In the other version of this story, he accepts your apology and you hug and you grow up healthy, because the neighbors don’t in less than a year call social services to have you and your brother saved from your doped up, negligent mother.
Pick up wire cutters.
There’s a chill in the air last night, in the dark night, mom. There’s a line that leads to the bicycle I am dismantling last night. The line is made of lighter fluid and I am dismantling the bike because my brain got broke, but right now last night it is still very dark, mom.
Put down wire cutters.
All children dream of flight and this is true and maybe you still do, but none so vividly as those who build their surrogate families by the models of Peter Pan and Dumbo. The whole modern world loves an orphan. And that’s you and me, sitting in opposite corners of a living room like an ashtray, wetting our pants with squirt guns full of our own urine, orphans and dreaming hard of flying.
Loony Club needs a car, I say, and because I am an inventor I can build one. I look up how a train works (draw with lipstick in magazine) and draw up the schematics for an engine and wheels and pistons to be made from pots and pans and pieces of an abandoned half-formed tree house, and a bucket filled with water, and PVC pipes, and bicycle parts, and cetera.
I never built that car though. It was just this crazy idea I had.
Look at schematics. Pause.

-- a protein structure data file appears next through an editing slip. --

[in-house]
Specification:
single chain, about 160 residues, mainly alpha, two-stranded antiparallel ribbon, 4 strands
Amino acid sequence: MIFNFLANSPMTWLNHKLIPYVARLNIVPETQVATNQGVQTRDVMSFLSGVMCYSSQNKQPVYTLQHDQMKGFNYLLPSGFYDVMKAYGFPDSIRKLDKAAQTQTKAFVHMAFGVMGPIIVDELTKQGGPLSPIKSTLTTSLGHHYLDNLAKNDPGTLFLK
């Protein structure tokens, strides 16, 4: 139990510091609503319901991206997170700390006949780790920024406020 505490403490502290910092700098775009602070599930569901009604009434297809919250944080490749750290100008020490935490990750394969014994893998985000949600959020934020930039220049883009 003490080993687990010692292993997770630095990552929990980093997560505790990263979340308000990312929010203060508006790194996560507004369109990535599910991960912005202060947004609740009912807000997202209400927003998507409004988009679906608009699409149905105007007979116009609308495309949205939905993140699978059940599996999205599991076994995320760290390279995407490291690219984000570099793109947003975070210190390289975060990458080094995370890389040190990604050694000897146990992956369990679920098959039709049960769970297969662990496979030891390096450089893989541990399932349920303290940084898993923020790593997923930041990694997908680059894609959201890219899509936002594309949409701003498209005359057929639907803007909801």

Alright, I built it! And it was absolutely gorgeous and soared hard and gliding and beautiful straight into a stoplight intersection because I never once thought about brakes. And the car broke from the minivan in its side and you broke from the fall we took and your teeth cracked wide and dangling, and your splintered dangling teeth caught beautifully the moonlight, caught tragically the moonlight, were dazzling in the moonlight, your skull opened to the moonlight.
And I saw the brain beneath your butterfly and the tiny shards of a broken plate that laced it through like egg shells in ground beef. And, baby, your kind of love drives a man very insane, but your dying words are poignant here, in that “You asked for it and you asked for it and you asked for it.”
Pick up wire cutters.
I am last night taking hedge clippers to tire spokes and they snap clip. One day I will have my nose surgically replaced with your nose and will be every bit the mouth breather you are. I don’t trust anybody whose brain, under the weight of the whole modern world, has not broken.
Taking my bicycle apart is a chore, so I will have to burn it.
In the other version of this story, I am a crazy magician (sit in chair. Hold wire cutters like steering apparatus.) and the car is a magic rocket ship and we go sailing on a blaze of jet propulsion until we glow behind the night clouds and are never seen again.
Performed by Arlen Lawson.